To establish serological criteria for detection of 2009 H1N1 virus infection in convalescent-phase sera, we performed a sensitivity (using sera from 79 rRT-PCR-confirmed cases <60 years of age collected 15 days or more p.s.o. [Fig. 1]) and specificity (using sera from a nonexposed population) analyses for the MN and HI assays. As shown in Table 2, the titer cutoff value that provided the highest sensitivity was an MN titer of ≥40 (94%) or an HI titer of ≥20 (92%). Since the majority (86%) of our rRT-PCR-confirmed cases were <30 years of age, it was not possible to stratify the sensitivity results by age or to estimate sensitivity in adults ≥60 years of age.
Because prepandemic cross-reactive antibody to the 2009 H1N1 virus has been demonstrated particularly in older adults (13, 16, 17, 20, 22), we compared the specificities for detection of 2009 H1N1 virus antibody in different age groups. For individuals <60 years of age, the MN titer cutoff that gave optimal sensitivity (≥40) was only 83% specific, whereas the comparable HI titer cutoff (≥20) gave 91% specificity. The reduced specificity of the MN assay among these individuals was primarily due to the lower specificity (61%) observed in adults 40 to 59 years of age. The MN assay was also less specific than the HI assay among adults ≥60 years of age; the specificity of an MN titer of ≥40 or an HI titer of ≥20 was 59% or 92%, respectively. Overall, for those <60 years of age, a 2-fold increase in the cutoff titer (MN titer of ≥80 or HI titer of ≥40) considerably improved the specificity but substantially reduced the sensitivity to unacceptable levels (80 or 75%, respectively).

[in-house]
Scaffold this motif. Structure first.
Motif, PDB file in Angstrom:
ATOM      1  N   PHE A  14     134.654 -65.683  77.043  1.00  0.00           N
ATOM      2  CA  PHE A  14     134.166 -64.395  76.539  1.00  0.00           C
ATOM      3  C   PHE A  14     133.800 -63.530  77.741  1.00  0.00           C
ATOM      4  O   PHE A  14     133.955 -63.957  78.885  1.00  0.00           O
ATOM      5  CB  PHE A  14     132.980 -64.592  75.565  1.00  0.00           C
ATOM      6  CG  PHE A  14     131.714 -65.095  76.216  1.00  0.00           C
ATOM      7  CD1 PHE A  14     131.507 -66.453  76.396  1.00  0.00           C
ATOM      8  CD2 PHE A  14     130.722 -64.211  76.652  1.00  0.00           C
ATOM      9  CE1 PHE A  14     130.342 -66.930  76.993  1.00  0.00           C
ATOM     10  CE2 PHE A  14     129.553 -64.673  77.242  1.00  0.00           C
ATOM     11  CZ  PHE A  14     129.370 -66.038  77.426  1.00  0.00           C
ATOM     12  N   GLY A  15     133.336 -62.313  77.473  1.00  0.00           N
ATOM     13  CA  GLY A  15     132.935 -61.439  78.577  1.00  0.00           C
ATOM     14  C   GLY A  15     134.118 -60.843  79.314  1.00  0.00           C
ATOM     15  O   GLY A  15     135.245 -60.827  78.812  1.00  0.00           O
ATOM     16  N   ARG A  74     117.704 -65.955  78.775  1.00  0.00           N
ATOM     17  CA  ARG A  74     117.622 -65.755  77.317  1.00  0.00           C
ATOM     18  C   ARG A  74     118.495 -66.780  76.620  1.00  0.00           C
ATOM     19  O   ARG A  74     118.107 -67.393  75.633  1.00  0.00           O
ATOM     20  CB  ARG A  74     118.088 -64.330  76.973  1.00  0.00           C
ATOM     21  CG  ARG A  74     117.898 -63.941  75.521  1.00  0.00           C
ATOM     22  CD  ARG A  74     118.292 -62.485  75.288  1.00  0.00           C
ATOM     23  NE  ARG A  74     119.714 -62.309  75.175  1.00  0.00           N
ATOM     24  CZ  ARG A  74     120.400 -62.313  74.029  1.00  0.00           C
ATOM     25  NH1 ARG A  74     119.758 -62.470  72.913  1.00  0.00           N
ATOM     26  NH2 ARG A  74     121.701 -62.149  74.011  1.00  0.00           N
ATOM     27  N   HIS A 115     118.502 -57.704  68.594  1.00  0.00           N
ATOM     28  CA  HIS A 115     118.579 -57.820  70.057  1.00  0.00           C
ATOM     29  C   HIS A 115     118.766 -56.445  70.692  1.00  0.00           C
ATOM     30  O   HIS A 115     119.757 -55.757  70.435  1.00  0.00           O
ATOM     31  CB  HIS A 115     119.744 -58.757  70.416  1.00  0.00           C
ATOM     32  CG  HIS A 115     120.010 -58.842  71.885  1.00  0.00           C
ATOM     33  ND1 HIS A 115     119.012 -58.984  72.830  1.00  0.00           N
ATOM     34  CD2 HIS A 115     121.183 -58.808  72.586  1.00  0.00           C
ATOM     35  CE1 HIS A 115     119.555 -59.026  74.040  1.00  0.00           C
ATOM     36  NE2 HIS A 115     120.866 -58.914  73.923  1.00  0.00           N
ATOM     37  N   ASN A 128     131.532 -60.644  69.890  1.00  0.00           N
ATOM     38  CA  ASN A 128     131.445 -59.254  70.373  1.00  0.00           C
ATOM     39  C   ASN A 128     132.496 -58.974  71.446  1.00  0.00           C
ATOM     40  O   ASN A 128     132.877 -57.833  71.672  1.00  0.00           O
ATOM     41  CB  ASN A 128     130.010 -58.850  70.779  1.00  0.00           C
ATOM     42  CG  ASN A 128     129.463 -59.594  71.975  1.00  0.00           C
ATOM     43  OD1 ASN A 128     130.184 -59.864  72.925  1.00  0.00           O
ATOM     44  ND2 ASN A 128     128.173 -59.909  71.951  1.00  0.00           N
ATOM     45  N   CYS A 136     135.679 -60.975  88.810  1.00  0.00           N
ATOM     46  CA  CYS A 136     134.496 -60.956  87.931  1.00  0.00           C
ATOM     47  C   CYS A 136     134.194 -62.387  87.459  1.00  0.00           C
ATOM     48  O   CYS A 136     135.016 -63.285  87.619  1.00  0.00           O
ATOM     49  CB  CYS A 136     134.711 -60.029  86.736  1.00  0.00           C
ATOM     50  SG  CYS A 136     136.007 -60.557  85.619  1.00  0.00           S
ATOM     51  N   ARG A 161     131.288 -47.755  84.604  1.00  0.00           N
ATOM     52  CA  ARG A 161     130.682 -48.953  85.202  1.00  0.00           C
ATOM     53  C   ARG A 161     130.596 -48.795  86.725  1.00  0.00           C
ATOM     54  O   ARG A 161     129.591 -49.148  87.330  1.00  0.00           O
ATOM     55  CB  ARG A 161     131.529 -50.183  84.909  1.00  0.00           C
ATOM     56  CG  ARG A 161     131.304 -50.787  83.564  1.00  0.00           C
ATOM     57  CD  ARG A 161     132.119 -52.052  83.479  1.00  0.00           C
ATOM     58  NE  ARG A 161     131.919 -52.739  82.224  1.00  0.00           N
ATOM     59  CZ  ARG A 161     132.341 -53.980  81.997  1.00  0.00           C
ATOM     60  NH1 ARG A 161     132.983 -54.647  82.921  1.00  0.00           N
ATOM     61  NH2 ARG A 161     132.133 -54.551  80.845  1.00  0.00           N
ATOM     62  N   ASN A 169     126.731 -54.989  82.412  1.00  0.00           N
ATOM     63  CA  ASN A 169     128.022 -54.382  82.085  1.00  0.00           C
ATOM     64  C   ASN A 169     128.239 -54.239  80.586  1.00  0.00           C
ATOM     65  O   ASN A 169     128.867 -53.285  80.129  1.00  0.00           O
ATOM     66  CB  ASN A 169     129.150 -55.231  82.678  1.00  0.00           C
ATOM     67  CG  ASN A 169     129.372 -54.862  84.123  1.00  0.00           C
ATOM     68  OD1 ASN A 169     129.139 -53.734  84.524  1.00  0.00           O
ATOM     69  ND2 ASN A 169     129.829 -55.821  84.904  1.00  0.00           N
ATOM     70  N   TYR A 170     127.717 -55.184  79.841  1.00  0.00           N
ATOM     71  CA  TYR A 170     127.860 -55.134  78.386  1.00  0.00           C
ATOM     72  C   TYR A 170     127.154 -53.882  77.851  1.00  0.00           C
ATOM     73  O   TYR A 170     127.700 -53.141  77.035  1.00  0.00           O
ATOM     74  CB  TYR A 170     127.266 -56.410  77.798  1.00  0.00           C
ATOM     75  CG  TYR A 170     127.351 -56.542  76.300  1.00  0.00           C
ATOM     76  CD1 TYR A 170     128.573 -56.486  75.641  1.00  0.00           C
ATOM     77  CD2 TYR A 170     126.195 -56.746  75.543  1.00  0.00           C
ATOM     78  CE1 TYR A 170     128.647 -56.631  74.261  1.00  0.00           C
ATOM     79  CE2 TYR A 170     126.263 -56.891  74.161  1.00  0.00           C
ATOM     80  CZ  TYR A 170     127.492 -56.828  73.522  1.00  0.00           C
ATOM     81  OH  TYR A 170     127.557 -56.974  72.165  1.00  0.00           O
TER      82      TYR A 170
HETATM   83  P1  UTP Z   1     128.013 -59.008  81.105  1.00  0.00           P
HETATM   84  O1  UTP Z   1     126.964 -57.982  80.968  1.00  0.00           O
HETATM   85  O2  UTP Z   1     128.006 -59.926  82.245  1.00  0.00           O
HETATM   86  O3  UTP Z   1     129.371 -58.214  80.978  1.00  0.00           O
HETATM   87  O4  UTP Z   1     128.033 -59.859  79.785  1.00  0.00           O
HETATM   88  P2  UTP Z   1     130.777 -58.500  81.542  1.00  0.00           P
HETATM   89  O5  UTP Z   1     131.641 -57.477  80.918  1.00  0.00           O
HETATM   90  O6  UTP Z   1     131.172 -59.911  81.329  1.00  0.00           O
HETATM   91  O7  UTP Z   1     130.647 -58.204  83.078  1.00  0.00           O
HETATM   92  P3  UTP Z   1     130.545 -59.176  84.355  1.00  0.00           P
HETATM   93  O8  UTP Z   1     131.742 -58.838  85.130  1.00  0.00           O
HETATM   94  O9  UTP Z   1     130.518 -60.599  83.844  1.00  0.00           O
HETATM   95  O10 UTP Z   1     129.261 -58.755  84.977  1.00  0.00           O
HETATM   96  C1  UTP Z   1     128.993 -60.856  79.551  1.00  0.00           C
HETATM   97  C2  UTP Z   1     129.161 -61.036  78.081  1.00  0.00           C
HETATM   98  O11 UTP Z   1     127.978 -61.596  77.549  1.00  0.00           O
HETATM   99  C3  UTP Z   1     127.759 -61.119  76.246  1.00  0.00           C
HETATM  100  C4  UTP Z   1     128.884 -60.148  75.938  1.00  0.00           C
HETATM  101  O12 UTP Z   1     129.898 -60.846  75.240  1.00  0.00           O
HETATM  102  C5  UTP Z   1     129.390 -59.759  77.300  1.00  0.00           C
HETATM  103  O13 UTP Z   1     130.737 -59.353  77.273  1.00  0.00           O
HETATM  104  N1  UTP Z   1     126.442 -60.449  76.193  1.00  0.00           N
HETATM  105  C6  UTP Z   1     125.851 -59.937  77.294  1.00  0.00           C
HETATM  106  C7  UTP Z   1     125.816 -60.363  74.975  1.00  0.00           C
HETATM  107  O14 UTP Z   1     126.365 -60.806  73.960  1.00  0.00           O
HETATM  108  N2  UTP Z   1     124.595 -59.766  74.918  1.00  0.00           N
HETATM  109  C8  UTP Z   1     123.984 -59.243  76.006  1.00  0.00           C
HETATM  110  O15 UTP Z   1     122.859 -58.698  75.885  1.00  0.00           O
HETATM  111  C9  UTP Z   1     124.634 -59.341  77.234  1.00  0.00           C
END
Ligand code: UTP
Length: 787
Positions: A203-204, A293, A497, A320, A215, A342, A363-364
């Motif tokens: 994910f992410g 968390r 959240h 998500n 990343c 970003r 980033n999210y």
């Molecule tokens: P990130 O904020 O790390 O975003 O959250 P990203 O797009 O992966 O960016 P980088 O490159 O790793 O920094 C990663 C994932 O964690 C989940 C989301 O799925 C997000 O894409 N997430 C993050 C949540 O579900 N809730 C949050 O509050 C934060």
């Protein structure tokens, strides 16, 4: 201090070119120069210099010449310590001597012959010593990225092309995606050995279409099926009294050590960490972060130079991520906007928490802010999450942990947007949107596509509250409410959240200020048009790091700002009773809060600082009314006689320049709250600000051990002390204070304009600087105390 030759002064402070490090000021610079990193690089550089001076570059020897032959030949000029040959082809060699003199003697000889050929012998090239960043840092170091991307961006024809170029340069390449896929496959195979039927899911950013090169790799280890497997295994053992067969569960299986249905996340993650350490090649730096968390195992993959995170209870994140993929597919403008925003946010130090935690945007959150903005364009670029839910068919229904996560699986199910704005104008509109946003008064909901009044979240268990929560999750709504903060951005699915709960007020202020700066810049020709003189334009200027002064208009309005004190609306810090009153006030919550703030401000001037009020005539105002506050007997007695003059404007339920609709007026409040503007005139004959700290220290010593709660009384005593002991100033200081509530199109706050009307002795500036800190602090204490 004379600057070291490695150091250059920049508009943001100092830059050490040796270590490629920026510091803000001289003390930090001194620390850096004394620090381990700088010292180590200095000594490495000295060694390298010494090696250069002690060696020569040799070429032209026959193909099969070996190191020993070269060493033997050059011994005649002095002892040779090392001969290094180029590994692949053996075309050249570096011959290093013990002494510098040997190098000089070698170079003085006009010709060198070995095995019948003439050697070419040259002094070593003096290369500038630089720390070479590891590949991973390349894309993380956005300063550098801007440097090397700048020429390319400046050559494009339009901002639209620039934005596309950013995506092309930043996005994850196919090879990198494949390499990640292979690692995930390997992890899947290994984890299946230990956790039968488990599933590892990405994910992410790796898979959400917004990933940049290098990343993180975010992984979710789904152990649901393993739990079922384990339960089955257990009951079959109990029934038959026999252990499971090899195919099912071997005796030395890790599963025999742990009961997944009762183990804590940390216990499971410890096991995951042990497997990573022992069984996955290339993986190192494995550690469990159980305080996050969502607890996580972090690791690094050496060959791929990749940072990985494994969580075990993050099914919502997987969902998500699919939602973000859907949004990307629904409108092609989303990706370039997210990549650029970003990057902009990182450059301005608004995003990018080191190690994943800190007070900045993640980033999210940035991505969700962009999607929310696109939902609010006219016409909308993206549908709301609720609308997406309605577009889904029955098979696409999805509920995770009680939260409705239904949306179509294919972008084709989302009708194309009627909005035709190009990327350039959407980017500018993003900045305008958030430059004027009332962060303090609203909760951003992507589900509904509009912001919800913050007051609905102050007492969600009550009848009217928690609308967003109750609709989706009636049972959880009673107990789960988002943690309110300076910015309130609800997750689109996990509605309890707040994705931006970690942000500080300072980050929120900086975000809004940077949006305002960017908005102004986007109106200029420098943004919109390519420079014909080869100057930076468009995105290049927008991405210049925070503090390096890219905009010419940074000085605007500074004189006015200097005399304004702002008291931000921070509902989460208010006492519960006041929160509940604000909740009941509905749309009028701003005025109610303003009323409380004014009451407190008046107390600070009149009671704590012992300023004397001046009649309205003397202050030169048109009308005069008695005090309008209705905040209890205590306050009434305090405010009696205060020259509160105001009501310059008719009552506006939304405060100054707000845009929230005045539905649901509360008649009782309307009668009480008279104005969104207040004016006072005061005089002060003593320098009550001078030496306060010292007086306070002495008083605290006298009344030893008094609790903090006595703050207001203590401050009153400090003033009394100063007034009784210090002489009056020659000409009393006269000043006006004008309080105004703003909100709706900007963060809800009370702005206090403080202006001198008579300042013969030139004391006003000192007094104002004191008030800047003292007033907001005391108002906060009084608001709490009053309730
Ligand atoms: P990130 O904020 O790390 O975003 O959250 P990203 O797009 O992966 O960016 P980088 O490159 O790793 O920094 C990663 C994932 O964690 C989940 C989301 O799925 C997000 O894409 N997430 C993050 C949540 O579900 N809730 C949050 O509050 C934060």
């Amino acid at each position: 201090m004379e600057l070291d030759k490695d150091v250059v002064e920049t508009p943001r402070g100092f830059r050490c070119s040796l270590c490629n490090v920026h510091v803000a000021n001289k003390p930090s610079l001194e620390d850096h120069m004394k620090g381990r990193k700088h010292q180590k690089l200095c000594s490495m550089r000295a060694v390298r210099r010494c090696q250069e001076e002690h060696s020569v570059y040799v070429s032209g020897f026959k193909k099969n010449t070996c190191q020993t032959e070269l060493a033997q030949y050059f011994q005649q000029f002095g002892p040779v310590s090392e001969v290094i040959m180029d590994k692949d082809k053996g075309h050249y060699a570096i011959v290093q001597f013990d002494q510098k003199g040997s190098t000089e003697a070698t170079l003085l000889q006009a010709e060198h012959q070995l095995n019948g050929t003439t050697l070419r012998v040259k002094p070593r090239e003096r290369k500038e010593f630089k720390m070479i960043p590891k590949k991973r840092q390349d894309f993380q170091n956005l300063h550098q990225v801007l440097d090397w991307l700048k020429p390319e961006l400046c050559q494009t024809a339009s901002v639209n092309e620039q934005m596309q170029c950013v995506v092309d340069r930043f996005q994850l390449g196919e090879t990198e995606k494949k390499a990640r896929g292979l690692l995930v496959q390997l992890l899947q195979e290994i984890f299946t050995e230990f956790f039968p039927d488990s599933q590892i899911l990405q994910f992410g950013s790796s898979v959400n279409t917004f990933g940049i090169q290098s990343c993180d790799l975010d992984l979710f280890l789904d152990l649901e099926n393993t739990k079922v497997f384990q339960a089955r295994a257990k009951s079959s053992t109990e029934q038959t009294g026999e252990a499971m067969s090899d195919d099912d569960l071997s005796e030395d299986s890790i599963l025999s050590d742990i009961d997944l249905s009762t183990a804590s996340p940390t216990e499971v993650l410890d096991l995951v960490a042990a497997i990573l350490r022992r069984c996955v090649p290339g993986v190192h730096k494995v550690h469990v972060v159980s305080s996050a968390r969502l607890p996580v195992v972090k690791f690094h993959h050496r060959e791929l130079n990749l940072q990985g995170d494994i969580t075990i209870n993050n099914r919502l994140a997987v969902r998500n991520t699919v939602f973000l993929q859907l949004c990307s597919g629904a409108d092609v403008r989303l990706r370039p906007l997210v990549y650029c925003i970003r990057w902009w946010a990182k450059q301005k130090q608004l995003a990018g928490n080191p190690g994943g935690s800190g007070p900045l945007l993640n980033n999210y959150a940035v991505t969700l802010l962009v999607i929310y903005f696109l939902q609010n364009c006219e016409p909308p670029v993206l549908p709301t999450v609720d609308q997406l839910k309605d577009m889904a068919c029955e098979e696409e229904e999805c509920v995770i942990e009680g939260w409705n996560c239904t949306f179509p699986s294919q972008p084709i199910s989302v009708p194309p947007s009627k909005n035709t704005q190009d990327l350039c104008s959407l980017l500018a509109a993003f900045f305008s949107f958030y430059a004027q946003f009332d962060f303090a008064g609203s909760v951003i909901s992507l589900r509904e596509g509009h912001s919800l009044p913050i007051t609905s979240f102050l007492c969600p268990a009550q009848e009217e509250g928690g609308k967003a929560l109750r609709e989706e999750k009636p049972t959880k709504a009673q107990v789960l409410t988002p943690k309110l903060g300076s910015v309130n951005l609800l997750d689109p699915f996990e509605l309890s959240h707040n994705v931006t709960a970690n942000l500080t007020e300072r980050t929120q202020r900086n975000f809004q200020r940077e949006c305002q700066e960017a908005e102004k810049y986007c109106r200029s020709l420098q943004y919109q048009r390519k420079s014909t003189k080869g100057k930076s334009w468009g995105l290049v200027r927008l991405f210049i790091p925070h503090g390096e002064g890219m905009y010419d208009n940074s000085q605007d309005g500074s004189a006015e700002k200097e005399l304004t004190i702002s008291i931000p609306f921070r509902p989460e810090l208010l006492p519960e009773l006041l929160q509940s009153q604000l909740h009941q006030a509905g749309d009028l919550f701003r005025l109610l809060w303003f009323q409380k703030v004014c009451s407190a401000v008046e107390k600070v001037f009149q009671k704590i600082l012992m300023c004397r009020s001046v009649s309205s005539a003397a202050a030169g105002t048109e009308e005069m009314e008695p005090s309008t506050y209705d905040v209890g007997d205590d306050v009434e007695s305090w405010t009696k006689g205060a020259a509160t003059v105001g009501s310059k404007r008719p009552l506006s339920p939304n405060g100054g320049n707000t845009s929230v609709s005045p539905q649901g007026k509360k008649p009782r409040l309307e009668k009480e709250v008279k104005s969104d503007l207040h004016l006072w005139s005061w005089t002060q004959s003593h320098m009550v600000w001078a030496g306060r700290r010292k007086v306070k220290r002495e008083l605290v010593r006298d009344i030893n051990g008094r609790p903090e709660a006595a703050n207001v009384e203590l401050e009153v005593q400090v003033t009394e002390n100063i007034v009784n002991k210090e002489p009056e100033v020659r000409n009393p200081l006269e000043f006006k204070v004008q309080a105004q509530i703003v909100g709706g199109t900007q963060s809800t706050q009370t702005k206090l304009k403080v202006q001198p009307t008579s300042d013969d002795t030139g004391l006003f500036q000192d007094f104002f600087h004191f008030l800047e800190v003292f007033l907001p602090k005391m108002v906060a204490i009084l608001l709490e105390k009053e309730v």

We next assessed whether a combination of MN and HI titers could maximize sensitivity and specificity (Table 2). Combining an MN titer of ≥40 and an HI titer of ≥20 resulted in a sensitivity of 90% and a specificity of 96% for all ages of <60 years and a specificity of 92% for the ≥60-year age group. Although combinations using higher titer cutoffs modestly improved specificity, the sensitivity dropped to ≤75%. These results suggest that seropositivity criteria based on a combination of serological titers can provide maximal sensitivity and specificity for the detection of 2009 H1N1 virus-specific antibody in individuals <60 years of age and specificity comparable to that of the HI assay alone in those ≥60 years of age.
The 2009 pandemic has highlighted the need for timely studies to investigate the extent of age-specific human infection after multiple pandemic waves in different geographic regions (19). Such studies can estimate total numbers of infections upon which to base more accurate estimates of rates of severe or fatal disease. They may also provide policy makers with a better understanding of the proportion of susceptible persons remaining in populations in order to better predict the public health impact of successive pandemic waves. To better understand the relative benefits of the HI versus the MN assay for the detection of 2009 H1N1 virus-infected persons, we characterized serum antibody responses to 2009 H1N1 virus in rRT-PCR-confirmed cases using both serological assays and confirmed that the titers obtained by either assay were highly correlated. Furthermore, using an additional set of sera from non-2009 H1N1-exposed populations, we assessed the relative sensitivities and specificities of both assays. Although the HI assay alone was more specific for detecting antibody to 2009 H1N1 virus, the MN assay was significantly more sensitive for detecting low-titer seroconversions. Finally, based on our sensitivity and specificity analyses, we identified a combination of threshold titers (MN, ≥40, and HI, ≥20) that provided the highest sensitivity and specificity to identify 2009 H1N1 virus-infected persons <60 years of age and high specificity for adults aged ≥60 years using only convalescent-phase sera and in the absence of demonstrable seroconversion in paired sera. These criteria were used to facilitate the analyses of multiple seroepidemiological investigations conducted in the United States during the first wave of the 2009 pandemic.